Word Alive was originally conceived as a distinctive event within Spring Harvest, drawing Christians from a more theologically conservative church background to Butlins for a week with a strong emphasis on expository Bible teaching and a major input for students. The partnership has been a fruitful one and we thank God for the way He has worked through this event over the years.

Of late it has been difficult to accommodate Word Alive as a separate week within the total mix, and after much discussion, the Spring Harvest Council of Management gave notice that Spring Harvest Word Alive could not continue beyond this year. “We’re looking to end on a high note,” said Pete Broadbent, Chair of the Spring Harvest Leadership Team. “Our theme for 2007 is One People — and we’ll be teaching and celebrating that reality throughout our programme.”

Wallace Benn, Bishop of Lewes and Chair of the Word Alive Committee, said the Word Alive brand would continue independently of Spring Harvest after this year’s event. Keswick Ministries and UCCF will continue their partnership and will announce very soon news of future venues and dates. Word Alive will continue its emphasis on lively, cross-centred Bible teaching, a full student programme, and fun and fellowship for all the family.

Spring Harvest wish the Word Alive partners well and we separate thanking God for the part the other plays in the Kingdom of our Lord Jesus Christ in the UK today.”

Various people have since attempted to "spin" the reasons why we decided to go our separate ways for their own purposes. That's their decision. It's not where I am, or where Spring Harvest are. Wallace Benn and I stood on a public platform at Spring Harvest Word Alive, wished our respective events well, prayed for each other, and departed on the best of terms.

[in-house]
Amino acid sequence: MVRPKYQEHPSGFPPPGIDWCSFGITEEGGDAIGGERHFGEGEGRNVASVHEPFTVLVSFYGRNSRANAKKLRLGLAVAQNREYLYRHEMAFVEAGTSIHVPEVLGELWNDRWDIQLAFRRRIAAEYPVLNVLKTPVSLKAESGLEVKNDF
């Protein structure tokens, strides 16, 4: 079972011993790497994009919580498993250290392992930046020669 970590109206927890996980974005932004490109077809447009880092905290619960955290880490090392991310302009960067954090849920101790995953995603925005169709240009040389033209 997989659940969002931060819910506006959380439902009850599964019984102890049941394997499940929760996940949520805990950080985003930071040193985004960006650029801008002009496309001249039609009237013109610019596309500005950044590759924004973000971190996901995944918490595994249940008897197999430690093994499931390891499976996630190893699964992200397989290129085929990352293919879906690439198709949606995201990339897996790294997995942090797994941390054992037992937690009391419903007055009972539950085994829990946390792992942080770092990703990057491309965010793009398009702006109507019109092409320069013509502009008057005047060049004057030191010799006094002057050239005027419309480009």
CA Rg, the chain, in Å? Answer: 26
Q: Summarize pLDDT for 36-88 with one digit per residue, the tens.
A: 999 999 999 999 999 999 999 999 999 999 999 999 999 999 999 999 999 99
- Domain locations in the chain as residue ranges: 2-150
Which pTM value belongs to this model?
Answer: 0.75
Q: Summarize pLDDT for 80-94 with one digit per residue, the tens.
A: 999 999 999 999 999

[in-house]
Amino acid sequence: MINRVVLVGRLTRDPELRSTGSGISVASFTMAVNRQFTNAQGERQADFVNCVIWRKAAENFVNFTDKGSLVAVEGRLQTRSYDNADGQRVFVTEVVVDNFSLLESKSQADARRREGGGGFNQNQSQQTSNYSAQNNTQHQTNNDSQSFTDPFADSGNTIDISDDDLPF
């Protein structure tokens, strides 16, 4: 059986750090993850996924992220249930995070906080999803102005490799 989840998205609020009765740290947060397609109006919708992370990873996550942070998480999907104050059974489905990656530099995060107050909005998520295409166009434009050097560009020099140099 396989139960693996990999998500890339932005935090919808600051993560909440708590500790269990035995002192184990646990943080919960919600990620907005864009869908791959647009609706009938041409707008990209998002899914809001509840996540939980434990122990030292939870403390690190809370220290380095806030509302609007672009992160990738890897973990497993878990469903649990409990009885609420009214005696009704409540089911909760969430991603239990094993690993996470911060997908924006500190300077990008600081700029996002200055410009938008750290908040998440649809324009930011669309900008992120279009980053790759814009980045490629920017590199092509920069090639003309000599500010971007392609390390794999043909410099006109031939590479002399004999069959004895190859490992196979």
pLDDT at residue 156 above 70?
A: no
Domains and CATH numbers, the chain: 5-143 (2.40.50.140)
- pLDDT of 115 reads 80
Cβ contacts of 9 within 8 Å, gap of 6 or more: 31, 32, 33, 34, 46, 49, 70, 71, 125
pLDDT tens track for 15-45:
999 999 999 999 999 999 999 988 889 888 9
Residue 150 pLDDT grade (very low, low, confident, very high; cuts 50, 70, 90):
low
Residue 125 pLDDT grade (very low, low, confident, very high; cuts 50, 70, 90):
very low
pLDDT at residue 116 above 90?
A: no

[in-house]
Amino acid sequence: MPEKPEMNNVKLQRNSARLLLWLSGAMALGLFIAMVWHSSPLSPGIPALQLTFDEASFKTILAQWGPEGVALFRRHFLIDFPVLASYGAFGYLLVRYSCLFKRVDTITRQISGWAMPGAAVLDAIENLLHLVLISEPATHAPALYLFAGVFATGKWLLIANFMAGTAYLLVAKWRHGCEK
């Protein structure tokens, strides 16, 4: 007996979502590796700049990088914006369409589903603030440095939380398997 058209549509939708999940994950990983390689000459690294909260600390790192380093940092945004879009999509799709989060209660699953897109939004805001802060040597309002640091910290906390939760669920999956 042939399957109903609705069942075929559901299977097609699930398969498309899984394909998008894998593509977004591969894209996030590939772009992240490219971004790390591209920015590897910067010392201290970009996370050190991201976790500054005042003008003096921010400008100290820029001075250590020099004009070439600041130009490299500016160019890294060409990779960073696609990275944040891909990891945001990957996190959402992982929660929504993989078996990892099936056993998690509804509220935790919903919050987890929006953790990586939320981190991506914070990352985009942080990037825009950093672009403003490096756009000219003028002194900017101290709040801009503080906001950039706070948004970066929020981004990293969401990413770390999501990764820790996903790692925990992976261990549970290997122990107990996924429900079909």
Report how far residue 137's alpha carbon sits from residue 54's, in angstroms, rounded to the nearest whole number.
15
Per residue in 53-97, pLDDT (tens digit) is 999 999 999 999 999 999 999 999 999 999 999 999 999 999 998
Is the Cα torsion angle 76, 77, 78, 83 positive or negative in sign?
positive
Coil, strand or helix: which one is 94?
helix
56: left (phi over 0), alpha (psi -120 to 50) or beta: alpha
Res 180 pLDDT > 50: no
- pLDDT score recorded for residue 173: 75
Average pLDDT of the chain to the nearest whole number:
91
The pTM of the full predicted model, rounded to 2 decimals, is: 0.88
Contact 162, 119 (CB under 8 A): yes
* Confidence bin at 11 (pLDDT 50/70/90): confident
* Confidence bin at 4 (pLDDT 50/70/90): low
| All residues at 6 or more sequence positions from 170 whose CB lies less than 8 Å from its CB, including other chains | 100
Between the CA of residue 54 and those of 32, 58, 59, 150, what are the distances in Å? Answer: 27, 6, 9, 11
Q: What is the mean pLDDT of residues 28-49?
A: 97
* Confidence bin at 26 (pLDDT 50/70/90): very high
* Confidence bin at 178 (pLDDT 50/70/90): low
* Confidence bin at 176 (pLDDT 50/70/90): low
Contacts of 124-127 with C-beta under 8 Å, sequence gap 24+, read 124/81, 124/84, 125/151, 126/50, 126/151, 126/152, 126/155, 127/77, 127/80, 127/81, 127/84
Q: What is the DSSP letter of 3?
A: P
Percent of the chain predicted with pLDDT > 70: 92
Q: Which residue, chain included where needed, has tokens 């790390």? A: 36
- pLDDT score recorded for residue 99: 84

This blog has already linked to the statement made jointly by Wallace Benn and myself (Pete Broadbent) on behalf of Spring Harvest Word Alive criticising Jeffrey John's inflammatory stuff on the atonement. So there is no way that anyone can represent Spring Harvest as being anywhere other than the orthodox biblical stance on the atonement. You comment on the style of my statement. Actually it reads the way it does because it's a verbatim transcript from a seminar I was giving on the continuity of OT and NT theology, during which I made the aside about Jeffrey John. So it isn’t necessarily theologically honed and polished — our Press Officer put it out as a press release reporting what had been said.

It’s terribly sad that UCCF are now coming out with an official statement that simply isn’t true to what actually took place. I don’t want to get into a public row with UCCF, whose ministry among students I support. But this is just simply to say that I dispute most of what is contained in the statement as being either misunderstanding (willful or otherwise) or total fabrication. I could hope that they would withdraw their statement and hold their peace. They seem to want to define themselves over against Spring Harvest, which I regret. We stand for the same faith and the same gospel.

Pete Broadbent Spring Harvest Leadership Team

Tuesday, April 24, 2007

New word - Lottish!

posted by Little Mo | Permalink | 1 comments
Definition: like Lot. As in the Bible Character.
Etymology: Invented by Steve Palframan in a sermon on Genesis.
Meaning: to put your trust in God's promises, but not so much that it effects everything you do, and hence to end up in a mess.

I have been LOVING a series of great sermons by my good friends Steve and Jeremy on the chapters of Genesis following Abraham and his family after God makes his covenant with him.

And the person who has really struck me is Lot, not someone I had ever thought much of before.